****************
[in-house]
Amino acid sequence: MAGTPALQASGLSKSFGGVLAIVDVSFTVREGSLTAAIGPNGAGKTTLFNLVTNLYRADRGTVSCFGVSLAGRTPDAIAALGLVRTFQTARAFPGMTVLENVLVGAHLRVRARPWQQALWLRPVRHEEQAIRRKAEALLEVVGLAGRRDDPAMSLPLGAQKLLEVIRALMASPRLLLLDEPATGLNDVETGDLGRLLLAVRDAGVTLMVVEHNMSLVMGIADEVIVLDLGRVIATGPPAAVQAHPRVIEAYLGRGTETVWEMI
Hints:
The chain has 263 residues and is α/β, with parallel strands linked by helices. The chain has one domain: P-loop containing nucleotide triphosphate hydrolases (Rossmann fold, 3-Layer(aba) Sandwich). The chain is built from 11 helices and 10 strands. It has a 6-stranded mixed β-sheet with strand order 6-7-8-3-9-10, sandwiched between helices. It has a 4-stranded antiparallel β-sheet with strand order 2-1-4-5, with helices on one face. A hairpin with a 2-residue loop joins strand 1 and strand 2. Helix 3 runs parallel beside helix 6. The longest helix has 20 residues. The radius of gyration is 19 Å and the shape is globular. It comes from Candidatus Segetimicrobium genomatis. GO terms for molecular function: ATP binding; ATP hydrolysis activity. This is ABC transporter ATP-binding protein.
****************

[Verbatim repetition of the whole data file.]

[in-house]
Amino acid sequence: MAGTPALQASGLSKSFGGVLAIVDVSFTVREGSLTAAIGPNGAGKTTLFNLVTNLYRADRGTVSCFGVSLAGRTPDAIAALGLVRTFQTARAFPGMTVLENVLVGAHLRVRARPWQQALWLRPVRHEEQAIRRKAEALLEVVGLAGRRDDPAMSLPLGAQKLLEVIRALMASPRLLLLDEPATGLNDVETGDLGRLLLAVRDAGVTLMVVEHNMSLVMGIADEVIVLDLGRVIATGPPAAVQAHPRVIEAYLGRGTETVWEMI
Hints:
The chain has 263 residues and is α/β, with parallel strands linked by helices. The chain has one domain: P-loop containing nucleotide triphosphate hydrolases (Rossmann fold, 3-Layer(aba) Sandwich). The chain is built from 11 helices and 10 strands. It has a 6-stranded mixed β-sheet with strand order 6-7-8-3-9-10, sandwiched between helices. It has a 4-stranded antiparallel β-sheet with strand order 2-1-4-5, with helices on one face. A hairpin with a 2-residue loop joins strand 1 and strand 2. Helix 3 runs parallel beside helix 6. The longest helix has 20 residues. The radius of gyration is 19 Å and the shape is globular. It comes from Candidatus Segetimicrobium genomatis. GO terms for molecular function: ATP binding; ATP hydrolysis activity. This is ABC transporter ATP-binding protein.